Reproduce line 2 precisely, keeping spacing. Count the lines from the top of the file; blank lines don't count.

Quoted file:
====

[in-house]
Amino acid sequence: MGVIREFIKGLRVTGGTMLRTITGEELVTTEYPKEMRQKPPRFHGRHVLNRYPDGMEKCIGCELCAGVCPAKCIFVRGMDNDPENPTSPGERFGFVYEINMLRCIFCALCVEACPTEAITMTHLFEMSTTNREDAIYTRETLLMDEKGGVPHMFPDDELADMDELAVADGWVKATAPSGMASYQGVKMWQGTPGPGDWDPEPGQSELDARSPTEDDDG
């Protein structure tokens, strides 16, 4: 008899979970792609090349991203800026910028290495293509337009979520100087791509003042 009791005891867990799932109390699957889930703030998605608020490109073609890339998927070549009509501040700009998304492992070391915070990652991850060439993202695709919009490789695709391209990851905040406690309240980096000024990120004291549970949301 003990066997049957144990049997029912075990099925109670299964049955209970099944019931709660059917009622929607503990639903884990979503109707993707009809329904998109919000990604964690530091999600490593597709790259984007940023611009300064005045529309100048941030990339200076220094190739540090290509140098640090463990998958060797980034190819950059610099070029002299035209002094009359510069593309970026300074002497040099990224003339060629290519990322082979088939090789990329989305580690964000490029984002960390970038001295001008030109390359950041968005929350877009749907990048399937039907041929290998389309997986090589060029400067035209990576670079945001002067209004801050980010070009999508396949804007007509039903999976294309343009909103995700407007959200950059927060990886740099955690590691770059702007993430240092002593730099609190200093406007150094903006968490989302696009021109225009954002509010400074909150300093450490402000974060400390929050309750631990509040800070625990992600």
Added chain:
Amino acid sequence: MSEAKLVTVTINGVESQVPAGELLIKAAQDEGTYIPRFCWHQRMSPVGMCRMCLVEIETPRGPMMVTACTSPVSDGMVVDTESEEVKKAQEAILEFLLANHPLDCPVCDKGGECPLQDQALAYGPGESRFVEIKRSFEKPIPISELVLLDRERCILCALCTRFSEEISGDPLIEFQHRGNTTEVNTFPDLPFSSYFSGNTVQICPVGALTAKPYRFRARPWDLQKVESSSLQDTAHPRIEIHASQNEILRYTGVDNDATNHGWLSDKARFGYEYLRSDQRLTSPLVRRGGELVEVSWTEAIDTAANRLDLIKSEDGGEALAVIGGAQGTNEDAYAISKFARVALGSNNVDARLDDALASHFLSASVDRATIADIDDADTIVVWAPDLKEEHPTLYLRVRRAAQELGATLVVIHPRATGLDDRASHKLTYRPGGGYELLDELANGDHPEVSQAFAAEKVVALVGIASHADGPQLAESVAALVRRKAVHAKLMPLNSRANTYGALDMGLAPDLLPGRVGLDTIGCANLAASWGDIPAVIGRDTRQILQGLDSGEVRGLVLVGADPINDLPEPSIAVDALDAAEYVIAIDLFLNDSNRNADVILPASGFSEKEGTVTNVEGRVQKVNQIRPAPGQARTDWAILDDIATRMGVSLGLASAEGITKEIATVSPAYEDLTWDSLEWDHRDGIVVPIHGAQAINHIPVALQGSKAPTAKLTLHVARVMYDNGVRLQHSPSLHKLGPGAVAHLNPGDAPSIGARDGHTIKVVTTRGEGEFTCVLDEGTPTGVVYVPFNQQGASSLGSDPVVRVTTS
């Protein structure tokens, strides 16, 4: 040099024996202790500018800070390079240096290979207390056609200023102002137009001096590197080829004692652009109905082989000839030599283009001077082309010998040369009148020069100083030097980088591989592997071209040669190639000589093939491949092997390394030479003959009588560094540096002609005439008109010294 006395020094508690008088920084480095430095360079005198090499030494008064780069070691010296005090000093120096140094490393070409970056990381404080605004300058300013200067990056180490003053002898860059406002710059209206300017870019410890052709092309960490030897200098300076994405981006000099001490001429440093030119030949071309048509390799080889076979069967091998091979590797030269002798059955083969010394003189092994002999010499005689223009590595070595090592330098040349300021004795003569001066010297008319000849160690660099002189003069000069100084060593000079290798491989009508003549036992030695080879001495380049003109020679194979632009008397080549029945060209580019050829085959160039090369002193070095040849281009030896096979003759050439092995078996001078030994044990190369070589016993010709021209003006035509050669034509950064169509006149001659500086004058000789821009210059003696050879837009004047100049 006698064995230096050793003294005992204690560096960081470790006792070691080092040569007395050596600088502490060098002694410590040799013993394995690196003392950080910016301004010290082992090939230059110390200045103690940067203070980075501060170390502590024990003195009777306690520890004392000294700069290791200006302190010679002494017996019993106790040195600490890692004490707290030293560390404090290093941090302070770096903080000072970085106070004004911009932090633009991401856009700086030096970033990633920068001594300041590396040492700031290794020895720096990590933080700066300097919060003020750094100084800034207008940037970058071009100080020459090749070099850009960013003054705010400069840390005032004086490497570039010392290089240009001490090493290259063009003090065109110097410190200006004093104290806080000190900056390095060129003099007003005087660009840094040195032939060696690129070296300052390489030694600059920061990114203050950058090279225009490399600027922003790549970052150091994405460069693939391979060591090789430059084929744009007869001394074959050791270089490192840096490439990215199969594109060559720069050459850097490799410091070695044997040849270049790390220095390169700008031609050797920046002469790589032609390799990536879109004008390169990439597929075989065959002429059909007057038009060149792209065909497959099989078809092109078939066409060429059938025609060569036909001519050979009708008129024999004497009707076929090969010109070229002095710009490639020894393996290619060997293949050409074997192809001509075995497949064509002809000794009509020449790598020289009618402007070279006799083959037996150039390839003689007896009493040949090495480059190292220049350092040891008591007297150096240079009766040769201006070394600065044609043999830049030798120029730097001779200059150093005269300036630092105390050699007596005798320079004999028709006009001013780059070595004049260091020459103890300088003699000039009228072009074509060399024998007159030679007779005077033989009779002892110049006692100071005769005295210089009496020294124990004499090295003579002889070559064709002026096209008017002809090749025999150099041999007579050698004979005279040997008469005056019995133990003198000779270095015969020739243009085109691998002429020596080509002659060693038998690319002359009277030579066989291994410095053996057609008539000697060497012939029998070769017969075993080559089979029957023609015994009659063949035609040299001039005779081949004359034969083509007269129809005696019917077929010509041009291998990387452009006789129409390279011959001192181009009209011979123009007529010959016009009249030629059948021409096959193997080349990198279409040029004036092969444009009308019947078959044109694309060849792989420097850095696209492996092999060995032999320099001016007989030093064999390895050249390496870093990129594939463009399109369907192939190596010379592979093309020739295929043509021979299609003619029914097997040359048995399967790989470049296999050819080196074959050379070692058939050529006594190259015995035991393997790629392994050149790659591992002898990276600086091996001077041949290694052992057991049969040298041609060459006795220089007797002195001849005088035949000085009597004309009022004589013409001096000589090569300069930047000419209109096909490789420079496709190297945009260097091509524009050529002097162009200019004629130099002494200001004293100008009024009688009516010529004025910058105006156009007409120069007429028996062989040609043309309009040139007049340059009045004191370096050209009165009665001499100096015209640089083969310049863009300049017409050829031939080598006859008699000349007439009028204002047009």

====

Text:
Amino acid sequence: MGVIREFIKGLRVTGGTMLRTITGEELVTTEYPKEMRQKPPRFHGRHVLNRYPDGMEKCIGCELCAGVCPAKCIFVRGMDNDPENPTSPGERFGFVYEINMLRCIFCALCVEACPTEAITMTHLFEMSTTNREDAIYTRETLLMDEKGGVPHMFPDDELADMDELAVADGWVKATAPSGMASYQGVKMWQGTPGPGDWDPEPGQSELDARSPTEDDDG